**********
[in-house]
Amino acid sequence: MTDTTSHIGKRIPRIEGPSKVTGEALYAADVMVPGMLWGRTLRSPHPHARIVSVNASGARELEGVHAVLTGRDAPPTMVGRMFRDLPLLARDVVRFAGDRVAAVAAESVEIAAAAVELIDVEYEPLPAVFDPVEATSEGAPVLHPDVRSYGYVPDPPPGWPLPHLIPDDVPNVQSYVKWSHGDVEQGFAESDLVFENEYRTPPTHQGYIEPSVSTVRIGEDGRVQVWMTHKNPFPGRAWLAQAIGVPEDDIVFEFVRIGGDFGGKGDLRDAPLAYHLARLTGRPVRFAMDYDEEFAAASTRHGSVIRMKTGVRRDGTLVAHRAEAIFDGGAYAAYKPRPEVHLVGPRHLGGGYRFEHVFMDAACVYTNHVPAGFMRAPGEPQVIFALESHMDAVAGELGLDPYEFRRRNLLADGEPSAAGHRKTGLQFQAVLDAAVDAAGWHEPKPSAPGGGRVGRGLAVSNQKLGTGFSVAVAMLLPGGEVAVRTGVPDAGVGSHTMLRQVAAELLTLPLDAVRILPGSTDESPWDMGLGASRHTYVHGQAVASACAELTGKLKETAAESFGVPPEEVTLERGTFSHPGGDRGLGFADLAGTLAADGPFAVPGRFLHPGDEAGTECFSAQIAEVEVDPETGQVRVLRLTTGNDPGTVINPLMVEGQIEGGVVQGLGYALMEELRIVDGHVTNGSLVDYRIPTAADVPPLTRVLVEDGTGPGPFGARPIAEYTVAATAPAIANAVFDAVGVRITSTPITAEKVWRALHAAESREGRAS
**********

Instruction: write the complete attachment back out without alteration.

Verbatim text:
[in-house]
Amino acid sequence: MTDTTSHIGKRIPRIEGPSKVTGEALYAADVMVPGMLWGRTLRSPHPHARIVSVNASGARELEGVHAVLTGRDAPPTMVGRMFRDLPLLARDVVRFAGDRVAAVAAESVEIAAAAVELIDVEYEPLPAVFDPVEATSEGAPVLHPDVRSYGYVPDPPPGWPLPHLIPDDVPNVQSYVKWSHGDVEQGFAESDLVFENEYRTPPTHQGYIEPSVSTVRIGEDGRVQVWMTHKNPFPGRAWLAQAIGVPEDDIVFEFVRIGGDFGGKGDLRDAPLAYHLARLTGRPVRFAMDYDEEFAAASTRHGSVIRMKTGVRRDGTLVAHRAEAIFDGGAYAAYKPRPEVHLVGPRHLGGGYRFEHVFMDAACVYTNHVPAGFMRAPGEPQVIFALESHMDAVAGELGLDPYEFRRRNLLADGEPSAAGHRKTGLQFQAVLDAAVDAAGWHEPKPSAPGGGRVGRGLAVSNQKLGTGFSVAVAMLLPGGEVAVRTGVPDAGVGSHTMLRQVAAELLTLPLDAVRILPGSTDESPWDMGLGASRHTYVHGQAVASACAELTGKLKETAAESFGVPPEEVTLERGTFSHPGGDRGLGFADLAGTLAADGPFAVPGRFLHPGDEAGTECFSAQIAEVEVDPETGQVRVLRLTTGNDPGTVINPLMVEGQIEGGVVQGLGYALMEELRIVDGHVTNGSLVDYRIPTAADVPPLTRVLVEDGTGPGPFGARPIAEYTVAATAPAIANAVFDAVGVRITSTPITAEKVWRALHAAESREGRAS